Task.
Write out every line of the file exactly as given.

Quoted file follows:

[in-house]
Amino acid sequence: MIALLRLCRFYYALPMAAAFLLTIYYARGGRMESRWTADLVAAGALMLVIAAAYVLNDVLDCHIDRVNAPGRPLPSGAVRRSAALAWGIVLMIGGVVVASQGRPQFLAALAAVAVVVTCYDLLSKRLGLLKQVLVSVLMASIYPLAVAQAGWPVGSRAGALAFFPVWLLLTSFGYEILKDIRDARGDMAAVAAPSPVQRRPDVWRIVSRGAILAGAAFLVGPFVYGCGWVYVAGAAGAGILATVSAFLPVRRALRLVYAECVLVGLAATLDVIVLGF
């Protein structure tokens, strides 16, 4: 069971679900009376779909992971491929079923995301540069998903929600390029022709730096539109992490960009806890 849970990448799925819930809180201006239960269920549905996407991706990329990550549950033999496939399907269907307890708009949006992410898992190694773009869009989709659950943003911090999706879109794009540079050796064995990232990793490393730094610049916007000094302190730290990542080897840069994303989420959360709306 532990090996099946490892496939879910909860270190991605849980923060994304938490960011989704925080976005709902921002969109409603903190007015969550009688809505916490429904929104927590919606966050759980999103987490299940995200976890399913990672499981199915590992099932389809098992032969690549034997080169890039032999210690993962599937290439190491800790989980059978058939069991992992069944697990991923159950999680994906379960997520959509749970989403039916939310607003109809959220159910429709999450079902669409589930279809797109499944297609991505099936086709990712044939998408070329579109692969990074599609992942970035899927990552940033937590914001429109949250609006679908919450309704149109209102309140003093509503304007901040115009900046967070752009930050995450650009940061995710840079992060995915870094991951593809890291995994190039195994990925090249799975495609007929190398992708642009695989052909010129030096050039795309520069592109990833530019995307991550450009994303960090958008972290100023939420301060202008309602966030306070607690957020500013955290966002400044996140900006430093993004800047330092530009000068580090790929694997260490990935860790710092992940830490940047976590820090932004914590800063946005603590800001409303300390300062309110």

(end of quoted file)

[in-house]
Amino acid sequence: MIALLRLCRFYYALPMAAAFLLTIYYARGGRMESRWTADLVAAGALMLVIAAAYVLNDVLDCHIDRVNAPGRPLPSGAVRRSAALAWGIVLMIGGVVVASQGRPQFLAALAAVAVVVTCYDLLSKRLGLLKQVLVSVLMASIYPLAVAQAGWPVGSRAGALAFFPVWLLLTSFGYEILKDIRDARGDMAAVAAPSPVQRRPDVWRIVSRGAILAGAAFLVGPFVYGCGWVYVAGAAGAGILATVSAFLPVRRALRLVYAECVLVGLAATLDVIVLGF
């Protein structure tokens, strides 16, 4: 069971679900009376779909992971491929079923995301540069998903929600390029022709730096539109992490960009806890 849970990448799925819930809180201006239960269920549905996407991706990329990550549950033999496939399907269907307890708009949006992410898992190694773009869009989709659950943003911090999706879109794009540079050796064995990232990793490393730094610049916007000094302190730290990542080897840069994303989420959360709306 532990090996099946490892496939879910909860270190991605849980923060994304938490960011989704925080976005709902921002969109409603903190007015969550009688809505916490429904929104927590919606966050759980999103987490299940995200976890399913990672499981199915590992099932389809098992032969690549034997080169890039032999210690993962599937290439190491800790989980059978058939069991992992069944697990991923159950999680994906379960997520959509749970989403039916939310607003109809959220159910429709999450079902669409589930279809797109499944297609991505099936086709990712044939998408070329579109692969990074599609992942970035899927990552940033937590914001429109949250609006679908919450309704149109209102309140003093509503304007901040115009900046967070752009930050995450650009940061995710840079992060995915870094991951593809890291995994190039195994990925090249799975495609007929190398992708642009695989052909010129030096050039795309520069592109990833530019995307991550450009994303960090958008972290100023939420301060202008309602966030306070607690957020500013955290966002400044996140900006430093993004800047330092530009000068580090790929694997260490990935860790710092992940830490940047976590820090932004914590800063946005603590800001409303300390300062309110």